“Humanity is brushing up against ecological limits”, “natural resources are dwindling”, “unsustainable consumption increases” – whatever the chosen term or headline, the fact is that the concept of overshoot has gotten a lot of media attention recently. The past few months have seen stories in The New Yorker, the New York Times and the Wall Street Journal among others, all reflecting a growing awareness that carbon is only part of the overshoot story.
In a New York Times Op-Ed column “What’s Your Consumption Factor,” (January 2, 2008), Jared Diamond, author of the recent book Collapse, discusses the importance of the number 32: that’s the difference in the rate at which people in the industrialized nations consume resources and produce waste compared to those in the non-industrialized world. “If the whole developing world were suddenly to catch up,” Diamond writes. “It would be as if the world population ballooned to 72 billion people.”
The good news, according to Diamond, is that our consumption contributes little to the most vital quality-of-life indicators, factors like life expectancy, infant mortality, access to medical care, financial security after retirement and quality public education. He also argues that we know how to extract fish from the ocean and timber from the forests in a way that is sustainable – we just haven’t put this knowledge into practice. Ultimately, he says, it is certain that developed nations will soon be forced to consume less, while the developing world will consume more. “These are desirable trends, not horrible prospects,” he says.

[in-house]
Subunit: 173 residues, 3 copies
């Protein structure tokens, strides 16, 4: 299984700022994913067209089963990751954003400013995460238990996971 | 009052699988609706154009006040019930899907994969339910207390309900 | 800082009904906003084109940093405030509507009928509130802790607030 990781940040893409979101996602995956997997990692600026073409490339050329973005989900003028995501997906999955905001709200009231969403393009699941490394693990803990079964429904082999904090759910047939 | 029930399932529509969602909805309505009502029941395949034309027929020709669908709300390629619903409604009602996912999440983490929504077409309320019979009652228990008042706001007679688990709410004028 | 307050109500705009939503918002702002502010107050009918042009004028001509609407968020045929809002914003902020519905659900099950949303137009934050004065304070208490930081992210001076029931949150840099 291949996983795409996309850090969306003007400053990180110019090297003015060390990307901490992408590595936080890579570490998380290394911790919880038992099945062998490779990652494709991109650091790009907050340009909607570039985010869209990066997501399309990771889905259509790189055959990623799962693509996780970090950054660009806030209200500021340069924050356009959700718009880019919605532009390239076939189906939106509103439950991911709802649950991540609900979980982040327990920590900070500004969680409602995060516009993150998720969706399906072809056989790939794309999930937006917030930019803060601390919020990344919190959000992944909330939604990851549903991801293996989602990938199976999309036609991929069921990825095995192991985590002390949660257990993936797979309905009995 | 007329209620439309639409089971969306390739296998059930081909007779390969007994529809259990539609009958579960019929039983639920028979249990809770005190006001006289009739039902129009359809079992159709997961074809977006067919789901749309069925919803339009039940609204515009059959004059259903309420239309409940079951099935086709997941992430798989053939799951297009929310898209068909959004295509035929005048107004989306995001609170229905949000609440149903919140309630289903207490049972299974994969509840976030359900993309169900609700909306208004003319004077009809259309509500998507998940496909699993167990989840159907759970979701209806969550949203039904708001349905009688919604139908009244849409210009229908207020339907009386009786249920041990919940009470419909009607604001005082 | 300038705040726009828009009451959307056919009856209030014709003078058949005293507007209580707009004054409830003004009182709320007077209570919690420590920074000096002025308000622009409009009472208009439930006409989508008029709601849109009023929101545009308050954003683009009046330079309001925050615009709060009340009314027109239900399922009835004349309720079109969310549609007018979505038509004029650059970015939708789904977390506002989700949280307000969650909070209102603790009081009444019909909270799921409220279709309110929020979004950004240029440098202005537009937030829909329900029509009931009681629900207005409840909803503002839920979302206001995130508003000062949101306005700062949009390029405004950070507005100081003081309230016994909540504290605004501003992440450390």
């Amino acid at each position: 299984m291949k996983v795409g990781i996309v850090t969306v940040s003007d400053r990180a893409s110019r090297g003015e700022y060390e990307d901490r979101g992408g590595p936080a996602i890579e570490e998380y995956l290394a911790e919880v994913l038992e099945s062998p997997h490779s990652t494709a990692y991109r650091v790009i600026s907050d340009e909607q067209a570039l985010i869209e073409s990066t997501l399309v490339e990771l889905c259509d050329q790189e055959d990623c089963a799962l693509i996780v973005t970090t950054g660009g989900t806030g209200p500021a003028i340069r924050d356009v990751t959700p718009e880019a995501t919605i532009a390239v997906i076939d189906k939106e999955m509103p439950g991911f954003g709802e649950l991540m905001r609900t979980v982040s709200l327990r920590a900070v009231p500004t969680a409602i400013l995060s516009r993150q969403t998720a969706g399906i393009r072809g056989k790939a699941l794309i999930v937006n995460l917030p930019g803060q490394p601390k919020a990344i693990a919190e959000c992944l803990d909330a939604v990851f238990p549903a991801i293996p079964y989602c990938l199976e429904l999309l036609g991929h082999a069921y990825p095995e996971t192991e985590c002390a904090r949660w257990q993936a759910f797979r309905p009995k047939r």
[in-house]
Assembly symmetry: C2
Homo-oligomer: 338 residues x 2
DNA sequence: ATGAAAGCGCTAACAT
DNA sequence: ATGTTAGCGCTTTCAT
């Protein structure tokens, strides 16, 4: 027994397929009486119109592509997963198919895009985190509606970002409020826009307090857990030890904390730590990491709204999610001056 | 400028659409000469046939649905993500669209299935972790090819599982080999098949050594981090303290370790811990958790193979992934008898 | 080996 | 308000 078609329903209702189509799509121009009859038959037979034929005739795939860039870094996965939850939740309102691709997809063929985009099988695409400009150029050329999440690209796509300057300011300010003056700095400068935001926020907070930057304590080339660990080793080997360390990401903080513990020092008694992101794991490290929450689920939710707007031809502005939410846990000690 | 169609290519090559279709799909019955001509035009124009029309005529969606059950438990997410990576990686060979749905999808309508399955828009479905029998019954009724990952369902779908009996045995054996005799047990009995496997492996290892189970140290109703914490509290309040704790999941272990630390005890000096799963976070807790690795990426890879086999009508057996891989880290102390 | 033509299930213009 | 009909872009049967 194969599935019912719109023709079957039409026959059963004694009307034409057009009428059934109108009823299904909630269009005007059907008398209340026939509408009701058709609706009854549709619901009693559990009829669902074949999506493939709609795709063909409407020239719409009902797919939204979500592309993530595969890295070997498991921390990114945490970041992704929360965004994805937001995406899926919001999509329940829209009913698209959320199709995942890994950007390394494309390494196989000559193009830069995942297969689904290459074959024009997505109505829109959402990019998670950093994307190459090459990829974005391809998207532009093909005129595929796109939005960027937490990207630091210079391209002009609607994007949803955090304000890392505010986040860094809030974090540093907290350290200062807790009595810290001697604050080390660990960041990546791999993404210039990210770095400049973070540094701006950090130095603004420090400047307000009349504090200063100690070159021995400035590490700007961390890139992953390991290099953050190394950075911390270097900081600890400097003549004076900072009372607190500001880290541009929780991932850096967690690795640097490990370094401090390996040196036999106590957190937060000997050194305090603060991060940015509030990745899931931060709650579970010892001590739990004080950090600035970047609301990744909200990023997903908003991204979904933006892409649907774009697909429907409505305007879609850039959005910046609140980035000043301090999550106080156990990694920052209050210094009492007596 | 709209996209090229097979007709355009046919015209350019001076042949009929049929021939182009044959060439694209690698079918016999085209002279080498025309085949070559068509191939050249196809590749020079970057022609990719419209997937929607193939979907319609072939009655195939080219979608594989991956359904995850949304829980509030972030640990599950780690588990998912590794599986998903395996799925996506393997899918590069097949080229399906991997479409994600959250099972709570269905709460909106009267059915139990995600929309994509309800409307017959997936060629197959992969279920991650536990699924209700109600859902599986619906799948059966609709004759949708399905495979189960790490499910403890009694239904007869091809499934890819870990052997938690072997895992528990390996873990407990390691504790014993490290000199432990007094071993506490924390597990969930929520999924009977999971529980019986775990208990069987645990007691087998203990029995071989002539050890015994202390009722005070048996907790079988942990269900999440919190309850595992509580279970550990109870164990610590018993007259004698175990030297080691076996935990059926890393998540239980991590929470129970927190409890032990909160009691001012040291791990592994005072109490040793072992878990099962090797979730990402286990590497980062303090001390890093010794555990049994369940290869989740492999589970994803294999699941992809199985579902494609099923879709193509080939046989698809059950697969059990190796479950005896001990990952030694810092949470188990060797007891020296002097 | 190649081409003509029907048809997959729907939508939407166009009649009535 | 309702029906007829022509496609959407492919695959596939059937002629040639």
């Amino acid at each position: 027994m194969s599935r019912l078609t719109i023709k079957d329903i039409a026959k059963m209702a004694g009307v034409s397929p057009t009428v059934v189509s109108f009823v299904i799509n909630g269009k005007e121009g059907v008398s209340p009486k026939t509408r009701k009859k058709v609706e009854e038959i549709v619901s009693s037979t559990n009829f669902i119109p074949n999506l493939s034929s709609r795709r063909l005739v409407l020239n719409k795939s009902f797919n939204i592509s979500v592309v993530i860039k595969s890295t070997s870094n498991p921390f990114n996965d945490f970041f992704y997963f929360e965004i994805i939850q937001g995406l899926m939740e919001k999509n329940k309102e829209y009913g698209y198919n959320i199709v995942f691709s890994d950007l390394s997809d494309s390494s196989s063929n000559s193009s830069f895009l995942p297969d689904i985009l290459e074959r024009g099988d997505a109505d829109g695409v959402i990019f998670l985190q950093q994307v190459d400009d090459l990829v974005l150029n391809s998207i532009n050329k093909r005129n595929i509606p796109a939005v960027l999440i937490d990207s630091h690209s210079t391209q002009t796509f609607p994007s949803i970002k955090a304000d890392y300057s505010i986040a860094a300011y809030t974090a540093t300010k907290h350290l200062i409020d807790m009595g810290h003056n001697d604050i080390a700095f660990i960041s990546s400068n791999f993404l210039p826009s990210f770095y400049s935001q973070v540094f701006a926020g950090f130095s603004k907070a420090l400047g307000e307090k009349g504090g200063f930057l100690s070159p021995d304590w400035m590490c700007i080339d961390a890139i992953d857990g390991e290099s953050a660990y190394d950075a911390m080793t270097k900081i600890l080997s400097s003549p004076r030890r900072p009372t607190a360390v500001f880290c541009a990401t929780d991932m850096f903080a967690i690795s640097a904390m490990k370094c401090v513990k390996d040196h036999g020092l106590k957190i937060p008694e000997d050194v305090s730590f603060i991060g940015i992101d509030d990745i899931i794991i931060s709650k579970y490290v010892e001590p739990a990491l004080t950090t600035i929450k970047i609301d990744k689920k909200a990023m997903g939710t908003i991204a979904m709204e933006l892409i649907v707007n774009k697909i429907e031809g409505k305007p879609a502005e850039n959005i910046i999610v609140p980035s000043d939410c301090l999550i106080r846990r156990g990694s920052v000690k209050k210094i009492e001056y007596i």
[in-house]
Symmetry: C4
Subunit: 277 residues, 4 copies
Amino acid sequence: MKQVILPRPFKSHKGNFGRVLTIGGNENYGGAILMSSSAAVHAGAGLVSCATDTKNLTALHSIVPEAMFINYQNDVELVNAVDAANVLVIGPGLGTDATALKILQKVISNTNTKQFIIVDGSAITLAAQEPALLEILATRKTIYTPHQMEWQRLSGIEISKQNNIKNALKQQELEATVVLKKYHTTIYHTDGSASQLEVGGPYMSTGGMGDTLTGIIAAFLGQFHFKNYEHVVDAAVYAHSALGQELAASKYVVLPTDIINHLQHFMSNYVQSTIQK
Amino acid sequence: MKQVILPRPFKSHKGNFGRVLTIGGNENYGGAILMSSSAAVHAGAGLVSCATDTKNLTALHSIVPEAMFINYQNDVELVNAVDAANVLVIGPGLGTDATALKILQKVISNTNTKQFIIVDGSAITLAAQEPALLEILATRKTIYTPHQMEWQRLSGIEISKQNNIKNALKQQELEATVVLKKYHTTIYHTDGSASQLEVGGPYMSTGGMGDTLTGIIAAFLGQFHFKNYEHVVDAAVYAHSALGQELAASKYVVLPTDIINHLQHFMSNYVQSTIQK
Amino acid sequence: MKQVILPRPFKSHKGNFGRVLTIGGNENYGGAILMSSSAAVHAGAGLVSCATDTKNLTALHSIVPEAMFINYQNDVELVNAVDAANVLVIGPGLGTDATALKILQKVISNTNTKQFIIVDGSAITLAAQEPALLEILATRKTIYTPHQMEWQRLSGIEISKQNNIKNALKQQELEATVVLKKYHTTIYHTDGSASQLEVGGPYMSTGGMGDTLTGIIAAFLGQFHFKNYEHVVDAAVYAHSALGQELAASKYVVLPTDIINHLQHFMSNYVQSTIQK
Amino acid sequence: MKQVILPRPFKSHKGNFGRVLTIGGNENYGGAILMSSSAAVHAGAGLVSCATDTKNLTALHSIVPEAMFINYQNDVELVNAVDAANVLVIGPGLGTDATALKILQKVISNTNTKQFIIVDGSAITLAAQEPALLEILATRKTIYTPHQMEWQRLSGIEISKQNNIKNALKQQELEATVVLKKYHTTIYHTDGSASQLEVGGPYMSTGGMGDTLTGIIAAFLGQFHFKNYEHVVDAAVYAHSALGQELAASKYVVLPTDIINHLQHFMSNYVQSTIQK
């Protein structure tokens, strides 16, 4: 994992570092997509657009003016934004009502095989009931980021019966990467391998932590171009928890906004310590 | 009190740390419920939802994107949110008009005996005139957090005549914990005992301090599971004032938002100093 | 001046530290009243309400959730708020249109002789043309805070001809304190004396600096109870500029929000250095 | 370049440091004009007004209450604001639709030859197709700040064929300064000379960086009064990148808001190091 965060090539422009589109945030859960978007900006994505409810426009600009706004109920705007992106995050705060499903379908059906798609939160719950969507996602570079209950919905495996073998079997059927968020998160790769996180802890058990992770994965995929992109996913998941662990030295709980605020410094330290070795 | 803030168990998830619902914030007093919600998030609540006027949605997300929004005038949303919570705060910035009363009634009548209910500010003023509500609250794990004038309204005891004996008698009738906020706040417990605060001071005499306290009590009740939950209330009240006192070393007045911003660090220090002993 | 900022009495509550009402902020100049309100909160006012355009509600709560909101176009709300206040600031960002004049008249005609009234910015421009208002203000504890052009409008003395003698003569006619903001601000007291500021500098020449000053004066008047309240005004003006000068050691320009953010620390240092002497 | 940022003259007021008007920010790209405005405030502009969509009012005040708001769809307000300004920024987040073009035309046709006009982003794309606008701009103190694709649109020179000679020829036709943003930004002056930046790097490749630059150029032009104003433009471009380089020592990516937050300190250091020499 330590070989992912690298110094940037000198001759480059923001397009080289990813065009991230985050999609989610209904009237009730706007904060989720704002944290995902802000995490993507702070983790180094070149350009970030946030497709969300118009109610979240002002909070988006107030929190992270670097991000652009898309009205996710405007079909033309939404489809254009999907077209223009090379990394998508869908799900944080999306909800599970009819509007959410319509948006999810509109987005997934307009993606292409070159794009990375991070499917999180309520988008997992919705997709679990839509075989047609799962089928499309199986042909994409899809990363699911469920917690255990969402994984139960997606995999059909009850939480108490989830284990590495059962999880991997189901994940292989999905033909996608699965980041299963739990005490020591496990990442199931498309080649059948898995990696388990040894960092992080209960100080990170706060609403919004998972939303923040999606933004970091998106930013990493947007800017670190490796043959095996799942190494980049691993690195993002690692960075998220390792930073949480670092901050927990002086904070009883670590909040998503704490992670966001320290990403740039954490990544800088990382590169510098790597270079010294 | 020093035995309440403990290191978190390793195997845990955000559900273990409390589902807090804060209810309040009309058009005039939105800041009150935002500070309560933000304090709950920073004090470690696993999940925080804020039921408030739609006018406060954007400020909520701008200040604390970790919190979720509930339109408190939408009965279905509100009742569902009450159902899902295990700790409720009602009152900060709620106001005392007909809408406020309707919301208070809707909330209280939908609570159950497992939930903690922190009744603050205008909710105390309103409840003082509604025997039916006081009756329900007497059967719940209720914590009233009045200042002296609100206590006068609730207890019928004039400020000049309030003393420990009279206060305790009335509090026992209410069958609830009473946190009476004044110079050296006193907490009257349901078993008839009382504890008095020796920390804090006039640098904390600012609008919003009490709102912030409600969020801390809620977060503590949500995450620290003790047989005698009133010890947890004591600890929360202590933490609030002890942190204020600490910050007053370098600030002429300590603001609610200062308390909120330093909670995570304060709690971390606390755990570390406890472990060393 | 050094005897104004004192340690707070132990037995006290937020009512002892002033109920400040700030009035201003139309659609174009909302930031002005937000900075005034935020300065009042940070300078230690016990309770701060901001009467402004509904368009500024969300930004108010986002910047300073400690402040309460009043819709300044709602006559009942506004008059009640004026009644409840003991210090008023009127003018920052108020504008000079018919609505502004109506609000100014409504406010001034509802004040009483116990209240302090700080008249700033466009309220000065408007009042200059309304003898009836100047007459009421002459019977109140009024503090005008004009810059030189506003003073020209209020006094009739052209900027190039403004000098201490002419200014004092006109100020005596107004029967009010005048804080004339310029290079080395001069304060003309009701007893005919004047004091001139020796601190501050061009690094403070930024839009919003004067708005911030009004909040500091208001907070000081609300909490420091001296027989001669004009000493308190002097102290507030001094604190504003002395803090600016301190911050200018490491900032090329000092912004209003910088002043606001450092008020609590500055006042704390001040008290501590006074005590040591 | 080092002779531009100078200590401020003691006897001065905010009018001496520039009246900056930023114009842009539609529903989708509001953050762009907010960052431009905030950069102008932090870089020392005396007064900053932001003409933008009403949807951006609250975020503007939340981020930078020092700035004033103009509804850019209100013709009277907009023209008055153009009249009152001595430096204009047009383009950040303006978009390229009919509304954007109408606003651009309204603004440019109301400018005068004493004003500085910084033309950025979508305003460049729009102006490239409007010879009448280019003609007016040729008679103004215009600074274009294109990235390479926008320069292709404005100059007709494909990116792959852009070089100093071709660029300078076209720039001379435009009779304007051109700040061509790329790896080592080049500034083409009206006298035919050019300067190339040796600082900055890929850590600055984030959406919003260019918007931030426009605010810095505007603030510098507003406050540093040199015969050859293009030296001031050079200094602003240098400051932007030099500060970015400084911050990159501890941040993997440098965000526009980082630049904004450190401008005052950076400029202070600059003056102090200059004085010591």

The Wall Street Journal takes up the issue of resource limits in “New Limits to Growth Revive Malthusian Fears” (March 24, 2008). As the world grows more populous – and prosperous – the demand for our limited resources “has soared. If supplies don’t keep pace, prices are likely to climb further, economic growth in rich and poor nations could suffer, and some fear violent conflicts could ensue.” Some of the resources – such as arable land and fresh water – have no substitutes, the authors say. Others, like coal, have negative environmental impacts like contributing to global warming that limit their utility. Economics and technology may play a part in the solution, the authors say, but ultimately, consumer behavior will have to change.
In The New Yorker article “Big Foot” (February 25, 2008), Michael Specter poses the question: how do we measure our environmental impact? “Possessing an excessive carbon footprint is becoming the equivalent of wearing a scarlet letter,” he says. At the same time, he writes, “the calculations required to assess the full environmental impact of how we live can be dazzlingly complex.” He assesses pros and cons of some of the measures being adopted to address climate change, from the personal – making certain product choices, eating local, driving less – to the political, in the form of taxes, economic incentives and laws.
Read Diamond’s New York Times article (It’s free to become a member and log in.)